Campus- and Individual-Level Predictors of Risk for Interpersonal Violence Perpetration

Jacob A. Nason, Annelise Mennicke, Carrie A. Moylan, Erin Meehan, Victoria McClare, Emily Clear, Candace Brancato, Heather Bush, Ann Coker

Research output: Contribution to journalArticlepeer-review

Abstract

Purpose: This paper examined risk for interpersonal violence (family or dating violence, sexual harassment, or sexual violence) perpetration using individual- and campus-level factors to understand how variations in campus culture and environment might shape risk of perpetration. Method: We conducted a secondary data analysis of data collected from 23,389 students at 12 universities that participated in a bystander intervention program evaluation from 2016 to 2019. We used multilevel logistic regression to analyze individual- (e.g., gender, association with risky peers, binge drinking) and campus-level factors (e.g., campus diversity, perceived institutional intolerance for sexual misconduct). The primary outcome was interpersonal violence perpetration. Results: Individual- and campus-level variables were associated with perpetration. Perpetration risk factors included being younger, a cisgender man, in a relationship, associating with risky peers, and having drinking problems. At the campus-level, increased ethnic diversity, higher perceptions of institutional intolerance for sexual misconduct, and being on a campus in which students reported more awareness of or exposure to sexual violence programming was associated with reduced perpetration risk. Conclusions: These findings highlight how campus-level factors contribute to risk of interpersonal violence perpetration. We recommend campuses develop prevention programs that target campus-level structures, attitudes, and norms that may encourage interpersonal violence perpetration.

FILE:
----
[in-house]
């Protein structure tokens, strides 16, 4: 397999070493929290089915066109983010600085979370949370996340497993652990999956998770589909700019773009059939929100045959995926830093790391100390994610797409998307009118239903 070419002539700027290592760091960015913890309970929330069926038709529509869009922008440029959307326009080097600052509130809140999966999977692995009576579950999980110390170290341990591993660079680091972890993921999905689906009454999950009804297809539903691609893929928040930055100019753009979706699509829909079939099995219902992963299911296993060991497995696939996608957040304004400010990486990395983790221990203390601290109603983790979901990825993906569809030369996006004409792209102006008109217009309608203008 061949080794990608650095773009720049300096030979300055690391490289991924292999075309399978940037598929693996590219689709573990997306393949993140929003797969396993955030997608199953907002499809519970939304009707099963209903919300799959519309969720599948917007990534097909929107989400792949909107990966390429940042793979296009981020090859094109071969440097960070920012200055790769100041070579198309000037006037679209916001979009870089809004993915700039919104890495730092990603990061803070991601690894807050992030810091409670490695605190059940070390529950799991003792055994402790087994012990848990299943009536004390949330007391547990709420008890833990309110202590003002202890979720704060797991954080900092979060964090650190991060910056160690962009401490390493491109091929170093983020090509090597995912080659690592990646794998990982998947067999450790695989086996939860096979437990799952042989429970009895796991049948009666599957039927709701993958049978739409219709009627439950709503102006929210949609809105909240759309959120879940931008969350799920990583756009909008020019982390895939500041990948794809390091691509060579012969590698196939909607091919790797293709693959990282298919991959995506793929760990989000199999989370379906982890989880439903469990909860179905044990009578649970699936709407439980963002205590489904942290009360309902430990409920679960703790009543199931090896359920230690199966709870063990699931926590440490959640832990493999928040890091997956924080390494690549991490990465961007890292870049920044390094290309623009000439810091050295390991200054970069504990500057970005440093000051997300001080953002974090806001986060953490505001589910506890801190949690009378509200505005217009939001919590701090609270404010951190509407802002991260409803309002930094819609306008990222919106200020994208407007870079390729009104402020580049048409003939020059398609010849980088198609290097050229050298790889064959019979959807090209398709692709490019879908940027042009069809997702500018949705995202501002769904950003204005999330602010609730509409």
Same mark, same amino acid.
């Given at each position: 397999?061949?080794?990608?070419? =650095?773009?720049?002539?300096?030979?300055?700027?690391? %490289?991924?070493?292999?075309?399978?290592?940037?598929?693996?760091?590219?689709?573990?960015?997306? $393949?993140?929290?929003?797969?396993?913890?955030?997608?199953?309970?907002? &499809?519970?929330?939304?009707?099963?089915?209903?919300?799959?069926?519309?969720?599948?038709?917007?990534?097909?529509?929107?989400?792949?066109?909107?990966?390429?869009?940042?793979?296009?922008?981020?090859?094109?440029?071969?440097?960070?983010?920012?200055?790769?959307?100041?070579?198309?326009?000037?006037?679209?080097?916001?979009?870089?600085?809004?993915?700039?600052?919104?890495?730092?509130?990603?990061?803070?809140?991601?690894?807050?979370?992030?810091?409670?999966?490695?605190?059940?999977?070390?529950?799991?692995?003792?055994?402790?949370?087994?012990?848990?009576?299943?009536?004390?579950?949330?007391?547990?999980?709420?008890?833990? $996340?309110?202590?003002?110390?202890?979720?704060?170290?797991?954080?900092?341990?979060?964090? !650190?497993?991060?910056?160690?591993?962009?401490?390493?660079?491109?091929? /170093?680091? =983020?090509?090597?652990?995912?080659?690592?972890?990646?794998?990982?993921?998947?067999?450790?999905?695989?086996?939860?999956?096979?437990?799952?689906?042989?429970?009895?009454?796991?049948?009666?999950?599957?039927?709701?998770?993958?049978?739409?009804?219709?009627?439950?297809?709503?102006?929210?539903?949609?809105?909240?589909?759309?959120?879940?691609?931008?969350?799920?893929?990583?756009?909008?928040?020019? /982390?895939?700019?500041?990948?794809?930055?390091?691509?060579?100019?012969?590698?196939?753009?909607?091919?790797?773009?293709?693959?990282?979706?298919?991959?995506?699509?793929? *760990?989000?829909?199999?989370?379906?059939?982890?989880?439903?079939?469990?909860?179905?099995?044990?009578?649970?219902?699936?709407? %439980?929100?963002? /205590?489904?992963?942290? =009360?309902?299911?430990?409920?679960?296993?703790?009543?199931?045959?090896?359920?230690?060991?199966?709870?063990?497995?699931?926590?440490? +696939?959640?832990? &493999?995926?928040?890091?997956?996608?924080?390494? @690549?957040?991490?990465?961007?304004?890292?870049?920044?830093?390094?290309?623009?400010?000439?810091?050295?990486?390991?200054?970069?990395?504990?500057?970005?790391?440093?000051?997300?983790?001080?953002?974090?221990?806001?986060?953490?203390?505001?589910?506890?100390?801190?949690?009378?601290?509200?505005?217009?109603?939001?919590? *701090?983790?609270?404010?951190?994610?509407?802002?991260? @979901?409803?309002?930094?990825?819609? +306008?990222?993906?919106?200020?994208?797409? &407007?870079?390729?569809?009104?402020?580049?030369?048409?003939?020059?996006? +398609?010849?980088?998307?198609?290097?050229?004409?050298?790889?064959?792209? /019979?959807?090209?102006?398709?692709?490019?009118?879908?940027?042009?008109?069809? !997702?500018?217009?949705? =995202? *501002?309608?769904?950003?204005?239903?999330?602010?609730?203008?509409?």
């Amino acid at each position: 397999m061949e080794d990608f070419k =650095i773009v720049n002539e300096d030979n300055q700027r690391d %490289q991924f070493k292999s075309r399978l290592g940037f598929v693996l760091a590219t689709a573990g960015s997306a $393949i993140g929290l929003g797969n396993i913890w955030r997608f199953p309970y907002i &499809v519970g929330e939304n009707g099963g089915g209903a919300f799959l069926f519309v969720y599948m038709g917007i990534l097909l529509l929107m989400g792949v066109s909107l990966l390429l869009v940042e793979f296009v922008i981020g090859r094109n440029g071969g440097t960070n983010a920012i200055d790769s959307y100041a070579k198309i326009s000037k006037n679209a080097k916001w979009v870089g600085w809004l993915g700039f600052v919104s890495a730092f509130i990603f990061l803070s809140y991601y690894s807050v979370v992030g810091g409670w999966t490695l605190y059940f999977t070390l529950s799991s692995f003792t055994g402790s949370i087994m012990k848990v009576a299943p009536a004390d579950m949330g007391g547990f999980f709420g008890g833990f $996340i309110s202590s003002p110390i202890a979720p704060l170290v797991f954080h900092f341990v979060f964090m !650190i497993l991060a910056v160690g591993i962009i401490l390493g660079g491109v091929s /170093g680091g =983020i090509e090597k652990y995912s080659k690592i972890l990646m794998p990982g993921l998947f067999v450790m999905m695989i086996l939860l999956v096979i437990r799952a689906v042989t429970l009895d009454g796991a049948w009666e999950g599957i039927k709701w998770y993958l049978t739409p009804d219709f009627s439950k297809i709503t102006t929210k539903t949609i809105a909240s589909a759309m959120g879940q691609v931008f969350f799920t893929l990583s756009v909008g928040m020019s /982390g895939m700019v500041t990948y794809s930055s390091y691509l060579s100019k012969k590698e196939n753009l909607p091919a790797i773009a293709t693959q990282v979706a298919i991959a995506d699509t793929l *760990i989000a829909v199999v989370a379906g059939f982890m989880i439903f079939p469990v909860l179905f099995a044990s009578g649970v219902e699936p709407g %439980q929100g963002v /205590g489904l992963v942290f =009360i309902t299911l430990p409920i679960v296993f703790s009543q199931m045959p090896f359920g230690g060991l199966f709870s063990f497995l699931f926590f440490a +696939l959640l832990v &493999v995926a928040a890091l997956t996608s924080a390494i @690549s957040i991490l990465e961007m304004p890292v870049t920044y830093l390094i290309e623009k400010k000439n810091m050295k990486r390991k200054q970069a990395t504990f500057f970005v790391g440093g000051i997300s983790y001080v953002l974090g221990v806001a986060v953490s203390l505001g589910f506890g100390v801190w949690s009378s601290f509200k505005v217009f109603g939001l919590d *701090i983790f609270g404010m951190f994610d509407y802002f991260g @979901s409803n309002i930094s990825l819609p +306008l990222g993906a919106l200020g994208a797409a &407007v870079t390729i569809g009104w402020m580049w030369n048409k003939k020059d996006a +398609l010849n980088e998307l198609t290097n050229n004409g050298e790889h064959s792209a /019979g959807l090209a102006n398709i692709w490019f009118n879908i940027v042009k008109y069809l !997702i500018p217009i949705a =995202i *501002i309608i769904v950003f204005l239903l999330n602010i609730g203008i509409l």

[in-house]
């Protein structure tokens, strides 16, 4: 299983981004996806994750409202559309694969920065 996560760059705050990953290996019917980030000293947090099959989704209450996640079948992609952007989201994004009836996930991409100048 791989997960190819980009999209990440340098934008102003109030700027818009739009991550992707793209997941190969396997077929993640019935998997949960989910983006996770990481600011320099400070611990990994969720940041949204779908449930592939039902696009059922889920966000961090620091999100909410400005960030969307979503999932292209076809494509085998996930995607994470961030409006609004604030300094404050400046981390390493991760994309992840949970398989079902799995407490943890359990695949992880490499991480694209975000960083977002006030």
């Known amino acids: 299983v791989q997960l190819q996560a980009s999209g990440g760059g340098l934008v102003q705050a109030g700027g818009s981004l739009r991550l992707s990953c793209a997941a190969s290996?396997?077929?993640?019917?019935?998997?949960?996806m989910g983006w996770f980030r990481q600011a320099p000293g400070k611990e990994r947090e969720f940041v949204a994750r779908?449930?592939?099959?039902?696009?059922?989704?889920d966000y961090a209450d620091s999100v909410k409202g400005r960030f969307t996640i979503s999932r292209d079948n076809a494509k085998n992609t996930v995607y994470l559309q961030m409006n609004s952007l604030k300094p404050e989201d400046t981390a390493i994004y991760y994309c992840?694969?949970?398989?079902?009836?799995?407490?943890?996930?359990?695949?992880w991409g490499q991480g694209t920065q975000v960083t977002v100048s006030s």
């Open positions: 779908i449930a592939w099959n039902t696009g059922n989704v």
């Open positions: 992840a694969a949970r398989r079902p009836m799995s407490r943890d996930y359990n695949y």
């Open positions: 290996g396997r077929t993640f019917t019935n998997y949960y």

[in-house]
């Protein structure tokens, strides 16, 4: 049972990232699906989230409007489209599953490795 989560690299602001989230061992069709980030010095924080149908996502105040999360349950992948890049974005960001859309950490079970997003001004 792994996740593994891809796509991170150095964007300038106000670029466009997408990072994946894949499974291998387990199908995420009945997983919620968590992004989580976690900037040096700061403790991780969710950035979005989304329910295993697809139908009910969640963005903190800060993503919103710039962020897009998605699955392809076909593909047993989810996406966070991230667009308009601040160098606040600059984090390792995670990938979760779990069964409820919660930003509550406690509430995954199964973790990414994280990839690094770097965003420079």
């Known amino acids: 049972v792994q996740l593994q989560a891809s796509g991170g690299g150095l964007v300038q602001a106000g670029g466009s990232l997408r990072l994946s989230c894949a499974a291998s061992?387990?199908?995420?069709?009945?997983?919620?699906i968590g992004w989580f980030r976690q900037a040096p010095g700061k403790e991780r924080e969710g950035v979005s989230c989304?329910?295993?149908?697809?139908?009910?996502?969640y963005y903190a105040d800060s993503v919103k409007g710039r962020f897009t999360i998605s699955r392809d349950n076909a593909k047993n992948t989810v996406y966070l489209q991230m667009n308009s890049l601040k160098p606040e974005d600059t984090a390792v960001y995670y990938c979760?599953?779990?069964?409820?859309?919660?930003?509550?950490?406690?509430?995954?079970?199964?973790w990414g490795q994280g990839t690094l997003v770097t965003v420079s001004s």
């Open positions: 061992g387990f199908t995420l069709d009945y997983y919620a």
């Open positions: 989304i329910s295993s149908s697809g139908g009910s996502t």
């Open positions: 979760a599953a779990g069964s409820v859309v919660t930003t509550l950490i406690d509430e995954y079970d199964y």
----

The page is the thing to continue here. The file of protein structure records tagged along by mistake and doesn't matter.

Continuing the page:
Original languageEnglish
JournalJournal of Family Violence
DOIs
StateAccepted/In press - 2023

Bibliographical note

Publisher Copyright:
© 2023, The Author(s), under exclusive licence to Springer Science+Business Media, LLC, part of Springer Nature.

Keywords

  • Campus sexual assault
  • Dating violence
  • Family violence
  • Interpersonal violence
  • Sexual harassment
  • Violence perpetration

ASJC Scopus subject areas

  • Clinical Psychology
  • Social Sciences (miscellaneous)
  • Sociology and Political Science
  • Law

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